Poor mans solution here is to iterate your fast hash a number of times.

This is essentially what bcrypt does for you anyway (in a really crude sense).

The question is not whether BCrypt is backed by Blowfish, the question is whether BCrypt uses Blowfish in a way which is cryptographically sound. If it does not, then an attacker may not need to use brute force. Assuming the author has read more of Mr. Schneier's book than the quoted preamble, he should know this -- Schneier discusses this at length in both editions of Applied Cryptography.

Again, an example of this is the 3DES encrypt/decrypt/encrypt process vs. a more naive encrypt/encrypt/encrypt process. One is substantially stronger than the other. One is a secure way to use DES, and one is not.

Don't use DES-EDE.

Schneier all but disavowed _Applied Cryptography_ in _Practical Cryptography_.

Schneier's reputation as a cryptanalyst is, as even he might concede at this point, somewhat outstripping his actual career.

Bcrypt is part of the academic literature; the people who wrote it are both renowned.

You can make your same critique about any other crypto construction; maybe the OCB block cipher mode is unsafe! After all, Bruce Schneier didn't write it!

Bcrypt has been around for ten years. No one has broken it yet. Is this perfect? No. But then again, we don't know that the implementation you would pick for MD5, SHA1, etc are perfect either. You take the best you can get.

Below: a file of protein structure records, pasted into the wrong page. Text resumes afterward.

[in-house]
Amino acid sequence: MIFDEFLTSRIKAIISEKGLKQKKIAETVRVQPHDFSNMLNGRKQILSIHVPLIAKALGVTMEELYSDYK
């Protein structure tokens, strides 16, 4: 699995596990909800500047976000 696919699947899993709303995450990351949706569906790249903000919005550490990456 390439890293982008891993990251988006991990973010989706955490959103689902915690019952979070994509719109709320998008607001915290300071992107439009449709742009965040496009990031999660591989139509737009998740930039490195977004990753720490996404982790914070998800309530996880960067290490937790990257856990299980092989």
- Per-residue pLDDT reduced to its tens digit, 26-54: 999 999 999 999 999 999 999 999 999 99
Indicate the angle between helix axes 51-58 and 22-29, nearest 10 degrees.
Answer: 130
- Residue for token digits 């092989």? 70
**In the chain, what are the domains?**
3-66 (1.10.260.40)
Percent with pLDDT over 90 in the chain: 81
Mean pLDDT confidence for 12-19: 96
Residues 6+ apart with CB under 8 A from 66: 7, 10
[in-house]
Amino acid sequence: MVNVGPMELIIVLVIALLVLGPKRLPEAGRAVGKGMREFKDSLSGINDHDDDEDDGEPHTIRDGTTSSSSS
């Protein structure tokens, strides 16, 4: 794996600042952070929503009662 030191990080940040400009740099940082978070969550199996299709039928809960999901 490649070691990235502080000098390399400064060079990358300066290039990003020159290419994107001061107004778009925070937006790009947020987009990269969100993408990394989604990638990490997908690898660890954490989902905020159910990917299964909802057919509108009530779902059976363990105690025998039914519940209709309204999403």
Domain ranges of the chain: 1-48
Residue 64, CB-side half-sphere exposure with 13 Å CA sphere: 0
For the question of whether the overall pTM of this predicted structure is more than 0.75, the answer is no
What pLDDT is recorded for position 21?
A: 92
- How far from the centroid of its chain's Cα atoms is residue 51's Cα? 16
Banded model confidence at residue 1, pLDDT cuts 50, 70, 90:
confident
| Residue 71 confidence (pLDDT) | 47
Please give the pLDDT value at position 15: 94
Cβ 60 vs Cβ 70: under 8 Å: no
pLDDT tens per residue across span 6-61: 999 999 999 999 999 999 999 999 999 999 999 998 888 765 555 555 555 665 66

You're speculating about the existence of a flaw which is there no evidence to believe could exist. Just because some crypto constructions are not as sound as naive theory suggests does not mean all constructions are flawed, or even capable of being flawed.

bcrypt is not an encryption algorithm. It doesn't "protect" your users' data, so there's no reason to trust or not trust it with their data.

Yes there is. A hash function does protect a user's password.

If you don't believe me, consider this hash function

H(A) = (A>>1)&0xFFFFFFFF

There. Hash function. It sends any input to a 32 bit value. Would you use it for your password though? No. I certainly would not.

Granted, that is an incredibly weak example, but it's one that's easy to see why it's weak, and thus why a hash function does protect a user's data.

ok, that's a fair point. i guess i just believe bcrypt does a better job than that. :)